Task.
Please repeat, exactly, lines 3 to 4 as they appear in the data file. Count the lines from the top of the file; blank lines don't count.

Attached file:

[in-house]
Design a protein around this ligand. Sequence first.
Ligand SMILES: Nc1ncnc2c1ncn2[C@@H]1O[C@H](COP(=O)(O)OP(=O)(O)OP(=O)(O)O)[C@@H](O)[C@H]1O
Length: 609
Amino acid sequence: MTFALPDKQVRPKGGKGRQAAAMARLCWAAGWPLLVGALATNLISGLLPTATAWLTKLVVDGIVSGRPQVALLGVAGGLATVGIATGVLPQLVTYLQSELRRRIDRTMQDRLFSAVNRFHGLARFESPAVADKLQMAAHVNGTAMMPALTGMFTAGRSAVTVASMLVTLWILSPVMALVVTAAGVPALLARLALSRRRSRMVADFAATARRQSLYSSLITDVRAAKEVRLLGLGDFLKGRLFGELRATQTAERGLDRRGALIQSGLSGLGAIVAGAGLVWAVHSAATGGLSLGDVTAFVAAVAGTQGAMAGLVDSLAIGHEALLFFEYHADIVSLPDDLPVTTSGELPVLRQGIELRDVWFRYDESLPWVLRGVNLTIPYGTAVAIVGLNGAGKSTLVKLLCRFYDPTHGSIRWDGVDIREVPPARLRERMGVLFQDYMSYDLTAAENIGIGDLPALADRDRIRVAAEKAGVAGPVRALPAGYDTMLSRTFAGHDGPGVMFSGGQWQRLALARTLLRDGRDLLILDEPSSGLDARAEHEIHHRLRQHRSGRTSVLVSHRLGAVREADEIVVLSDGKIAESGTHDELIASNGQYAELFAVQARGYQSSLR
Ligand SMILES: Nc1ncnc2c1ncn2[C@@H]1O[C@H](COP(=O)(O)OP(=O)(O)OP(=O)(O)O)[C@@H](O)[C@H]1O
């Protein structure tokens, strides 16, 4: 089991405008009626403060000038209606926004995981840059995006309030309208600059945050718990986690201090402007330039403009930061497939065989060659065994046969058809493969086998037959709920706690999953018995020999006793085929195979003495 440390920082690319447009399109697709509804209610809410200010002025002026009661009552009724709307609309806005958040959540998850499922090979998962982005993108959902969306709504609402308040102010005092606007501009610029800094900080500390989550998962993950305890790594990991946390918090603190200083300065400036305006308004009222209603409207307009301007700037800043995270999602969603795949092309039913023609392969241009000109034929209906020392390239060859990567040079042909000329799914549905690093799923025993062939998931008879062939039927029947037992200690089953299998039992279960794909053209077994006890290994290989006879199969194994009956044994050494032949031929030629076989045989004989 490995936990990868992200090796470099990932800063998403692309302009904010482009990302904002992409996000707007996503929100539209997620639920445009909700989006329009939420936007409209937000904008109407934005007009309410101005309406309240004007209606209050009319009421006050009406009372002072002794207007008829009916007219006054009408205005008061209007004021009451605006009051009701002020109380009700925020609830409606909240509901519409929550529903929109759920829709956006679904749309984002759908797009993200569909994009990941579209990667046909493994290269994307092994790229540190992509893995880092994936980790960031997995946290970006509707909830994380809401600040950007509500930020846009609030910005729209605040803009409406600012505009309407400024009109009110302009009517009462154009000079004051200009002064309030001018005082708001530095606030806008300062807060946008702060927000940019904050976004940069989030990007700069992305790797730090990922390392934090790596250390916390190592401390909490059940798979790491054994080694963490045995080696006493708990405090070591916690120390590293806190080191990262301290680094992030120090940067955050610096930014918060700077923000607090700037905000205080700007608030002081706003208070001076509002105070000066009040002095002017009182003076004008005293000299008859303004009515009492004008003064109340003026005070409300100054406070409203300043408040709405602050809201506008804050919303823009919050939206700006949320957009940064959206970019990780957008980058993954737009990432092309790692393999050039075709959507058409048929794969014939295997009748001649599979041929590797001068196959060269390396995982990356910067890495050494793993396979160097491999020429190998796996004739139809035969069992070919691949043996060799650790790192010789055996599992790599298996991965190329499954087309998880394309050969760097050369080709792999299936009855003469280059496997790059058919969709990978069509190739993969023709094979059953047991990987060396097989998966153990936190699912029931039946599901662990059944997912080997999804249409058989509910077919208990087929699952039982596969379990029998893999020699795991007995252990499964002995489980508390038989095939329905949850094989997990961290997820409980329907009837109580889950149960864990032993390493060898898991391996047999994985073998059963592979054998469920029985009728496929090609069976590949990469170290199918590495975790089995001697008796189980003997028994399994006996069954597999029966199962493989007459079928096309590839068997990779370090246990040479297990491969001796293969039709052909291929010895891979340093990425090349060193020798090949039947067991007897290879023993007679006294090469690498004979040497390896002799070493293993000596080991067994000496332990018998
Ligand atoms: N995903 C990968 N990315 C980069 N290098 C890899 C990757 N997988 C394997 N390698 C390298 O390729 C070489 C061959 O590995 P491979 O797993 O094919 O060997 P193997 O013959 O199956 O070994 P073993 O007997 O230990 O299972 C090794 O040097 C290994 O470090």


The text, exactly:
Ligand SMILES: Nc1ncnc2c1ncn2[C@@H]1O[C@H](COP(=O)(O)OP(=O)(O)OP(=O)(O)O)[C@@H](O)[C@H]1O
Length: 609